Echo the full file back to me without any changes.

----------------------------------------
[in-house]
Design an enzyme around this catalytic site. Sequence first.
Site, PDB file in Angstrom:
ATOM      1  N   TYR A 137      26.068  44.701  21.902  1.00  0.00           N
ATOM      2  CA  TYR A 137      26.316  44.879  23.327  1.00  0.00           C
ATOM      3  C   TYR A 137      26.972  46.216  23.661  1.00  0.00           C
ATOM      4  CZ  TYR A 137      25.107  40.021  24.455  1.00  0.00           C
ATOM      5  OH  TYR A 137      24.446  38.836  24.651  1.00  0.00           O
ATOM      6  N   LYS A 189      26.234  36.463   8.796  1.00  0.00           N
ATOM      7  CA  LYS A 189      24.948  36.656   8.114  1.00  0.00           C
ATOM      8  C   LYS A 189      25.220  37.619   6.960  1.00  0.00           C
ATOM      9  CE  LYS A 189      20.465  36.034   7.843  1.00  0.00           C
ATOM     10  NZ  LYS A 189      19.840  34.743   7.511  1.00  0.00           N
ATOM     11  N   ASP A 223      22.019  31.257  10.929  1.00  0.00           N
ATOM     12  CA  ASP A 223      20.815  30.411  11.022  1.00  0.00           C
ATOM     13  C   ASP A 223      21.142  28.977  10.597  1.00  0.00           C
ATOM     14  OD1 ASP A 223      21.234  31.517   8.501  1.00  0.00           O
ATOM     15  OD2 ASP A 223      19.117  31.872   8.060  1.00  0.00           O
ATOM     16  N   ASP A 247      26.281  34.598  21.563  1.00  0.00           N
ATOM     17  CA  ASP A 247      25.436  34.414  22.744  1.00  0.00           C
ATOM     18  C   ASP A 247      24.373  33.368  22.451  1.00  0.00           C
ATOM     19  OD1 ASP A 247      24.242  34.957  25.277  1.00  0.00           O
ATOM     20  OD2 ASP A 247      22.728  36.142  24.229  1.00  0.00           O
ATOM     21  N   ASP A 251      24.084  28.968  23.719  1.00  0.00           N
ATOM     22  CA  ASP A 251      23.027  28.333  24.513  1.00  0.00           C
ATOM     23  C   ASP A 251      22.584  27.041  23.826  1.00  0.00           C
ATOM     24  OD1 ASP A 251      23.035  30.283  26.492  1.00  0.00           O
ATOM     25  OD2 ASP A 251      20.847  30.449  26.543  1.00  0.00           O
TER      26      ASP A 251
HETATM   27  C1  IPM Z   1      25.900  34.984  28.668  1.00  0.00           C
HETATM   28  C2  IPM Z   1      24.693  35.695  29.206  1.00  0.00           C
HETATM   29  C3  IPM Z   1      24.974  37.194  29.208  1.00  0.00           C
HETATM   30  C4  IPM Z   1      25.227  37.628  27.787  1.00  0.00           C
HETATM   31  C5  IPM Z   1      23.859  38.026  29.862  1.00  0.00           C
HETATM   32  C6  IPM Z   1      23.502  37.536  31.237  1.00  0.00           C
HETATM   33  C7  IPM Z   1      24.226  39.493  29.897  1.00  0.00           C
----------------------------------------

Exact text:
[in-house]
Design an enzyme around this catalytic site. Sequence first.
Site, PDB file in Angstrom:
ATOM      1  N   TYR A 137      26.068  44.701  21.902  1.00  0.00           N
ATOM      2  CA  TYR A 137      26.316  44.879  23.327  1.00  0.00           C
ATOM      3  C   TYR A 137      26.972  46.216  23.661  1.00  0.00           C
ATOM      4  CZ  TYR A 137      25.107  40.021  24.455  1.00  0.00           C
ATOM      5  OH  TYR A 137      24.446  38.836  24.651  1.00  0.00           O
ATOM      6  N   LYS A 189      26.234  36.463   8.796  1.00  0.00           N
ATOM      7  CA  LYS A 189      24.948  36.656   8.114  1.00  0.00           C
ATOM      8  C   LYS A 189      25.220  37.619   6.960  1.00  0.00           C
ATOM      9  CE  LYS A 189      20.465  36.034   7.843  1.00  0.00           C
ATOM     10  NZ  LYS A 189      19.840  34.743   7.511  1.00  0.00           N
ATOM     11  N   ASP A 223      22.019  31.257  10.929  1.00  0.00           N
ATOM     12  CA  ASP A 223      20.815  30.411  11.022  1.00  0.00           C
ATOM     13  C   ASP A 223      21.142  28.977  10.597  1.00  0.00           C
ATOM     14  OD1 ASP A 223      21.234  31.517   8.501  1.00  0.00           O
ATOM     15  OD2 ASP A 223      19.117  31.872   8.060  1.00  0.00           O
ATOM     16  N   ASP A 247      26.281  34.598  21.563  1.00  0.00           N
ATOM     17  CA  ASP A 247      25.436  34.414  22.744  1.00  0.00           C
ATOM     18  C   ASP A 247      24.373  33.368  22.451  1.00  0.00           C
ATOM     19  OD1 ASP A 247      24.242  34.957  25.277  1.00  0.00           O
ATOM     20  OD2 ASP A 247      22.728  36.142  24.229  1.00  0.00           O
ATOM     21  N   ASP A 251      24.084  28.968  23.719  1.00  0.00           N
ATOM     22  CA  ASP A 251      23.027  28.333  24.513  1.00  0.00           C
ATOM     23  C   ASP A 251      22.584  27.041  23.826  1.00  0.00           C
ATOM     24  OD1 ASP A 251      23.035  30.283  26.492  1.00  0.00           O
ATOM     25  OD2 ASP A 251      20.847  30.449  26.543  1.00  0.00           O
TER      26      ASP A 251
HETATM   27  C1  IPM Z   1      25.900  34.984  28.668  1.00  0.00           C
HETATM   28  C2  IPM Z   1      24.693  35.695  29.206  1.00  0.00           C
HETATM   29  C3  IPM Z   1      24.974  37.194  29.208  1.00  0.00           C
HETATM   30  C4  IPM Z   1      25.227  37.628  27.787  1.00  0.00           C
HETATM   31  C5  IPM Z   1      23.859  38.026  29.862  1.00  0.00           C
HETATM   32  C6  IPM Z   1      23.502  37.536  31.237  1.00  0.00           C
HETATM   33  C7  IPM Z   1      24.226  39.493  29.897  1.00  0.00           C